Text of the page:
Final Diagnosis – Way Beyond Routine H&E


This is the era of specialty medicine and diagnosticians have to not only follow the trends but keep a step head for futuristic predictions to provide quality healthcare, writes Group Captain (Retd) Dr Renu Madan, MD, PDCC (Oncopathology), HoD of the Department Pathology and Lab Medicine at Venkateshwar Hospital.


As a surgical pathologist dealing with tissues and cells under a microscope, it always intrigues me that we differ so much from one another morphologically and God has not made a similar frame for two genetically different individuals. But, our tumour tissues under the microscope look similar (more or less) and because of this it is so easy to diagnose a specific cancer with reasonable certainty whether you are in Delhi or New York or in Cape Town.

A squamous cell carcinoma will be labelled as one by any pathologist of reasonable ability irrespective of the caste, creed or race of the suffering individual. . Well, that was a boon for the patient and the diagnosis could be made by any well-informed pathologist with a good knowledge of the subject. But my years in oncology have slowly made me aware that, that the era of simple histopathology has slowly faded into oblivion and the recent advancements in technology at the molecular level has somewhat made me more cautious about this fact.

There is an old saying that we use profusely in so many spheres of our life “everything that glitters may not be gold!” And I find an example for this on a nearly daily basis as I practice oncopathology. Another great lesson that I have learnt (with sometimes as an eyeopener) is that there is always that extra something more than what the eyes see under a microscope. As healthcare providers, we need to keep ourselves totally informed and abreast with the new facets of medicine that are continuously evolving. There is certain diagnosis like Lymphomas which are no longer complete without ancillary testing and correct classification with Immunohistochemistry, flow cytometry and cytogenetics is not escapable because the therapy and further charting the behaviour of the disease depends on these.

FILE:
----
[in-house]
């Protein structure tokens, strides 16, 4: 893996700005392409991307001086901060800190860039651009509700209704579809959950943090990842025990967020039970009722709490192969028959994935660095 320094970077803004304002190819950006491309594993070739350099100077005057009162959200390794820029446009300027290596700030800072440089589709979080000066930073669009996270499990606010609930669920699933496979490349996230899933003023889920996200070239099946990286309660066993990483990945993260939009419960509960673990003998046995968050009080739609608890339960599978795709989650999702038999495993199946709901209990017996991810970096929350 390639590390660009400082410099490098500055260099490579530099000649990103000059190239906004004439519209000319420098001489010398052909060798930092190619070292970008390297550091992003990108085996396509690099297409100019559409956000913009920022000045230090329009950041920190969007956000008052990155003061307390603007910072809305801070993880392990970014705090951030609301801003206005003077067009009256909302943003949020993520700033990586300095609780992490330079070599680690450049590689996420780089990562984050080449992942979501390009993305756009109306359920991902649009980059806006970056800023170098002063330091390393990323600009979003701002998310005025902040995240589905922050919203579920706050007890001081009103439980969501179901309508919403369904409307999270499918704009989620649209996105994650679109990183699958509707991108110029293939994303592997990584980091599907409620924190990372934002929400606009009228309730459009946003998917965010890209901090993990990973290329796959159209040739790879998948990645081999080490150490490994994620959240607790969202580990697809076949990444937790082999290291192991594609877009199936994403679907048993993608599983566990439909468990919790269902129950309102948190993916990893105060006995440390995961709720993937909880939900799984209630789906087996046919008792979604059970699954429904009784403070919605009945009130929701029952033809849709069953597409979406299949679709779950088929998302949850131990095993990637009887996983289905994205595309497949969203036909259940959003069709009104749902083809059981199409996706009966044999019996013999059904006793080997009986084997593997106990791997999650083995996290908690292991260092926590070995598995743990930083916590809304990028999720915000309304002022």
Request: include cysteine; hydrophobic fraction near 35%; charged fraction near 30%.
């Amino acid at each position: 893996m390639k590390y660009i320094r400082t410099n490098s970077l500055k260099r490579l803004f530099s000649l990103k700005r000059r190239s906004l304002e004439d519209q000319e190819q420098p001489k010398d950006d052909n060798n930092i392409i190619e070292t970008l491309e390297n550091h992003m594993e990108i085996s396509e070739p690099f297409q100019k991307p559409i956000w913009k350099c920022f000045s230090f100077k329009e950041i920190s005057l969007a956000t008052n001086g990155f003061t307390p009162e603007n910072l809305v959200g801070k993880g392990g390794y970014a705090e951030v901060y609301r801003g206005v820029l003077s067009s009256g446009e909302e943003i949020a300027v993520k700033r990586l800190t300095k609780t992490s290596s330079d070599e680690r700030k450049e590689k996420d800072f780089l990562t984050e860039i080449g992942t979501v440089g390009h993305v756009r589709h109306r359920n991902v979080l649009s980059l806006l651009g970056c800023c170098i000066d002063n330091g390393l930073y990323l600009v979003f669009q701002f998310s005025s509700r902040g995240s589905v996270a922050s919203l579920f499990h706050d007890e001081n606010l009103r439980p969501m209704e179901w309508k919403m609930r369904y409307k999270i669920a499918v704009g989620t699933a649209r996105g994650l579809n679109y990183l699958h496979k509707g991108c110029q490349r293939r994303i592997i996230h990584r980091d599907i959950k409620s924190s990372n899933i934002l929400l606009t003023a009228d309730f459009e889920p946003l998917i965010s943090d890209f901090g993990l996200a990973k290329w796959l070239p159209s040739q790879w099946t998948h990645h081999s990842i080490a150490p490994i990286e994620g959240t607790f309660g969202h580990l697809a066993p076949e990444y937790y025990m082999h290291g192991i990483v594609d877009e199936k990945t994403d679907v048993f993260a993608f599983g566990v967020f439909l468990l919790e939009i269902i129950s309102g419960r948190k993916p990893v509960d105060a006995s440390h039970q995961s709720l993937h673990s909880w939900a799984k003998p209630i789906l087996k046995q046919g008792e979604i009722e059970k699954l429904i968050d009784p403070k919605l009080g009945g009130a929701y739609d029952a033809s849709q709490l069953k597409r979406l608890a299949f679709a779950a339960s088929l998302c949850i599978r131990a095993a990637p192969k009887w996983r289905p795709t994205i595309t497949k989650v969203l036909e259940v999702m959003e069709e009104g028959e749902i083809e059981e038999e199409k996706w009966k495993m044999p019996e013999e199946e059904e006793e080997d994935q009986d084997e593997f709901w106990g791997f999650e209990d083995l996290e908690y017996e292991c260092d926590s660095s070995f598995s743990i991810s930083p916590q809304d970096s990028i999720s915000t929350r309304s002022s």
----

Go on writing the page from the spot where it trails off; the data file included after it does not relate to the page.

Everyone must be aware of the molecular profiling of not only oncology based treatment for diseases but also the nononcologic cases. The reason is that all these have a bearing on the behaviour of the disease, on targeted treatment with monoclonal antibodies and on prognosis. Similarly, the presence of certain gene mutations need to be documented, a simple example being HER2/Neu for breast carcinomas, EGFR for Lung Cancer and K RAS for Colonic cancer. Pathologists know that histopathology is not sufficient in many cases and the molecular nature of the tumour plays an important role in treatment.

It is considered professional negligence if the patient is not advised to undergo the complete workup because that may provide valuable inputs to the clinicians. Just like antibiotic resistance has emerged as an important issue, resistance to chemotherapy can be detected and can save the patient from being exposed to harmful side effects of chemotherapy or radiation where not indicated. At present these tests are expensive and not easily available but with time and training, this will become a part of the protocol and readily available. One only has to be aware of the fact that there is more than what meets the eye in the field of oncology. Automation and robotisation of techniques can be easily used to prompt the pathologist to advise for more specific testing that can provide the benefit of choosing correct therapeutic agents. This is the era of specialty medicine and diagnosticians have to not only follow the trends but keep a step ahead for futuristic predictions to provide quality healthcare.


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